Young engineers educated in the university are increasingly concerned about their effectiveness in a world of rapidly shifting technologies, practices, and specialties. More and more, success in engineering relies not only on technical skills, but on leadership and entrepreneurship. What stable foundation for habits of thought and action is needed for the new engineer? How can engineers be effective in their action if there is too little time for them to plan or draw up a complete specification? How can engineers deal with a world that demands solutions to chronically intractable problems such as the crisis in software quality, the poor productivity of knowledge work, the lack of machine intelligence, and the difficulty in building dependable large systems?

Sense 21 is an interpretation and practice of engineering that begins from the premise that our engineering common sense is no longer powerful enough to enable us to build systems that successfully take care of people's concerns. Our common sense tells us that systems are "objects" (collections of components) acted upon by functions that create or modify objects. This project is exploring a new common sense, in which actions are the fulfillments of human commitments and systems are facilitators of human action. The new common sense offers new possilities for solutions of the "intractable" problems listed above and for increasing the effectiveness of the engineers we are now educating.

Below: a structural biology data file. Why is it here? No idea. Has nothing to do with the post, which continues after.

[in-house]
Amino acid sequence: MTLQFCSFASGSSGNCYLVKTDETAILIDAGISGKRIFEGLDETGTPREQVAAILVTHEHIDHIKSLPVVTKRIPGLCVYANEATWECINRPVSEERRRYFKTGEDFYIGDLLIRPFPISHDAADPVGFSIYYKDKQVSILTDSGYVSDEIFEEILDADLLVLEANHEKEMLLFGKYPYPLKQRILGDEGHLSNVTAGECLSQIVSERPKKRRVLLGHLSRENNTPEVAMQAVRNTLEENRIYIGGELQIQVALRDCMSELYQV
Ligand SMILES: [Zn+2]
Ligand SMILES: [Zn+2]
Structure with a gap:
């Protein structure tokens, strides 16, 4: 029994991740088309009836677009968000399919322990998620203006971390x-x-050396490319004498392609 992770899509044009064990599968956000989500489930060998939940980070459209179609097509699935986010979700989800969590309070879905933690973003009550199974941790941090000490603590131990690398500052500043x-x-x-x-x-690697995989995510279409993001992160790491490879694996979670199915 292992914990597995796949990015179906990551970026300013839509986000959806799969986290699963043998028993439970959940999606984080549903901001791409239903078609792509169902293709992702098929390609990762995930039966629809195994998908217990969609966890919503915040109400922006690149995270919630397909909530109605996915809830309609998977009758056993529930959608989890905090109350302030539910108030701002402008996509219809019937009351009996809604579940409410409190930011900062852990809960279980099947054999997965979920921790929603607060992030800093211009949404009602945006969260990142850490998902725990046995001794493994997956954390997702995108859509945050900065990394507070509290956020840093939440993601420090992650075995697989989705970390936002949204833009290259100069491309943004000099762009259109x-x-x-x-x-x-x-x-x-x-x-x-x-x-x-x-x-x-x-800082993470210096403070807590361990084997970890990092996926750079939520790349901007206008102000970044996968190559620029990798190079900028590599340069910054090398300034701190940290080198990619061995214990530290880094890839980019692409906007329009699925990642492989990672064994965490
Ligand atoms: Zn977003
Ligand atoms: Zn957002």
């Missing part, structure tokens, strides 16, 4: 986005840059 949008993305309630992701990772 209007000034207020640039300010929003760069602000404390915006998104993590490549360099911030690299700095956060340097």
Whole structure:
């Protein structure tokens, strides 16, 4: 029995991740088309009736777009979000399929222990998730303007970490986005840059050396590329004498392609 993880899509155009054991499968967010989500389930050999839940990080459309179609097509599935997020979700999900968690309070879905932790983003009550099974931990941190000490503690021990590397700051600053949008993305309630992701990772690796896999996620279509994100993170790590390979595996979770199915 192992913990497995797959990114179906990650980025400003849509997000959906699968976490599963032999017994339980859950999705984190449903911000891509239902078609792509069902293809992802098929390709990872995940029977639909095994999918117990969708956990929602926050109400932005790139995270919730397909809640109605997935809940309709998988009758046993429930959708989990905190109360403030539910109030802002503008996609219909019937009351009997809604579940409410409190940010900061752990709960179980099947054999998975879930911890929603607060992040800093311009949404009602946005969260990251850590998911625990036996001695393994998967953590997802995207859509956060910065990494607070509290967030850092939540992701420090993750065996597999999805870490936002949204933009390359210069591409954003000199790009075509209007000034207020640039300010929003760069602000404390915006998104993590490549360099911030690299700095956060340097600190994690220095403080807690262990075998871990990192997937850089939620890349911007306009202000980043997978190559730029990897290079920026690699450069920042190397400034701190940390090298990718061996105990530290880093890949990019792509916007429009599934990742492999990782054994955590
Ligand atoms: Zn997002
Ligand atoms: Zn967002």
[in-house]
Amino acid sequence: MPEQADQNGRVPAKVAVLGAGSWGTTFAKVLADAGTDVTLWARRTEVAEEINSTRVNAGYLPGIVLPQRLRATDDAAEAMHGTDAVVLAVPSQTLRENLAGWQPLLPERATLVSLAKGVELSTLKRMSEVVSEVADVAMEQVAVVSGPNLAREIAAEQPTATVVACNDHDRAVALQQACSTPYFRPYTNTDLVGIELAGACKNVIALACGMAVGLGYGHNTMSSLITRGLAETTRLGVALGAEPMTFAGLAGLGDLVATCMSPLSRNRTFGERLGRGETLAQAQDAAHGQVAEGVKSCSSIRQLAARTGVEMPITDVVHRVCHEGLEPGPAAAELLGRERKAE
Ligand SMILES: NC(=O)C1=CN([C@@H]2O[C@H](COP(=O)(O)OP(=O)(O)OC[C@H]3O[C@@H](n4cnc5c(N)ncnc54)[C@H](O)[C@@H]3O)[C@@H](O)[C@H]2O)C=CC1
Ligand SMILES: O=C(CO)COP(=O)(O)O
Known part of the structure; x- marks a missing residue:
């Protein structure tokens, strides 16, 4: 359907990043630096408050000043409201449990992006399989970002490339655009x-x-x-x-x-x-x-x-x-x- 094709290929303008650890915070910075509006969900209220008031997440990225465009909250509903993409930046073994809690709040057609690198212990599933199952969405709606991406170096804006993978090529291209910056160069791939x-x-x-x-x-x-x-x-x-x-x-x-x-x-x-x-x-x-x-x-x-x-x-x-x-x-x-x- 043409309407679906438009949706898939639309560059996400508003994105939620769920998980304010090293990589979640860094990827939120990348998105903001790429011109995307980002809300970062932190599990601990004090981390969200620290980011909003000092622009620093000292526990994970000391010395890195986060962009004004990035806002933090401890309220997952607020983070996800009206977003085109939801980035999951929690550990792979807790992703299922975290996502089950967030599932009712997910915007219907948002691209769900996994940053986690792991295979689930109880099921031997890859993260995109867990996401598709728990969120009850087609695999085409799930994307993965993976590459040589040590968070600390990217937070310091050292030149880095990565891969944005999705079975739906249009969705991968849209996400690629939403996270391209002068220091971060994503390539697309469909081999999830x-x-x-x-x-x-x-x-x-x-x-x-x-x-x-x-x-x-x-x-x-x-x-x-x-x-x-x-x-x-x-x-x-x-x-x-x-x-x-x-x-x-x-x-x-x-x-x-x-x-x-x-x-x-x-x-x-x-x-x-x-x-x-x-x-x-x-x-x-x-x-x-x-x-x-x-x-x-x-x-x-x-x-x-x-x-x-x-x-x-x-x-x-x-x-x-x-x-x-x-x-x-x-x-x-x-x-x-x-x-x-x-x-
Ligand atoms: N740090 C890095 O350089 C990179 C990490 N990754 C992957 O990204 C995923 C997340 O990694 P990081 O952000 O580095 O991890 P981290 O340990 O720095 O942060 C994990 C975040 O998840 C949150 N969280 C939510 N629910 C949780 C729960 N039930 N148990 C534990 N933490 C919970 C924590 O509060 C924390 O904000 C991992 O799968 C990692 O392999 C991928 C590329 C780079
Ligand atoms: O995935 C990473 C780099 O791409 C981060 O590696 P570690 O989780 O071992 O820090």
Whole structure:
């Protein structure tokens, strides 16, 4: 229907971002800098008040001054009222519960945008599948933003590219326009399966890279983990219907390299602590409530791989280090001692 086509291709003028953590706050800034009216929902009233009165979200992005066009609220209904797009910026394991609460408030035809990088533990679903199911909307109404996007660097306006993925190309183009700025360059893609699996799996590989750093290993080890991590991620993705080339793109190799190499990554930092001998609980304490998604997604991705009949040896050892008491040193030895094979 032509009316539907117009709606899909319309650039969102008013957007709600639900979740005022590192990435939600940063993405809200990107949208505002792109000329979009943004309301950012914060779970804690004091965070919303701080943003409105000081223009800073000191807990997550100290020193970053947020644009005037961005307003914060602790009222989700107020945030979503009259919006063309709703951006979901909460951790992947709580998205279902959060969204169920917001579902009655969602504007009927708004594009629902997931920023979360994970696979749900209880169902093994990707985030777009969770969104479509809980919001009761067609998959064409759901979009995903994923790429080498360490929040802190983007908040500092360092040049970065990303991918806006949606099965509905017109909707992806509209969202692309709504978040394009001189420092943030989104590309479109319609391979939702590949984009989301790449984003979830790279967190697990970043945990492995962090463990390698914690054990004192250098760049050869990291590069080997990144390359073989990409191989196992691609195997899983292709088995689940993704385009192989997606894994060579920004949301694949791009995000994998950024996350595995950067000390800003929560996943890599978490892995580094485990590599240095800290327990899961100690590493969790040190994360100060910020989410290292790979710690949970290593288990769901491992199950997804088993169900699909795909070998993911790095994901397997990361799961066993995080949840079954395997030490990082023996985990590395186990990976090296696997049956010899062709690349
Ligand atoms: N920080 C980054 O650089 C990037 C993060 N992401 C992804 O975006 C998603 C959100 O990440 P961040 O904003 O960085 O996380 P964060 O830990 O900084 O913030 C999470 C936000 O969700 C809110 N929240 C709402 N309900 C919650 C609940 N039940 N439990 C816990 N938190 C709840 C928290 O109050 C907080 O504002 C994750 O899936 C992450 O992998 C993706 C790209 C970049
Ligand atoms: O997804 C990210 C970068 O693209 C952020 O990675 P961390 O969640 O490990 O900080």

The foundation for the new common sense is a new set of habits for interpreting and observing human action as an engineer, grounded in a language action interpretation.

A course on this foundation for seniors has been offered each spring since 1993 under the title "CS 499 -- Designing a New Engineering Common Sense for the 21st Century". This course was recently enacted as a senior Engineering Course, "ENGR 490 -- Human Practices in Engineering Design". It will be offered under this heading for the first time in Spring 1997. A feature of this course is a major project in which students design an innovation and demonstrate that it has actually taken hold.

Updated 7/16/96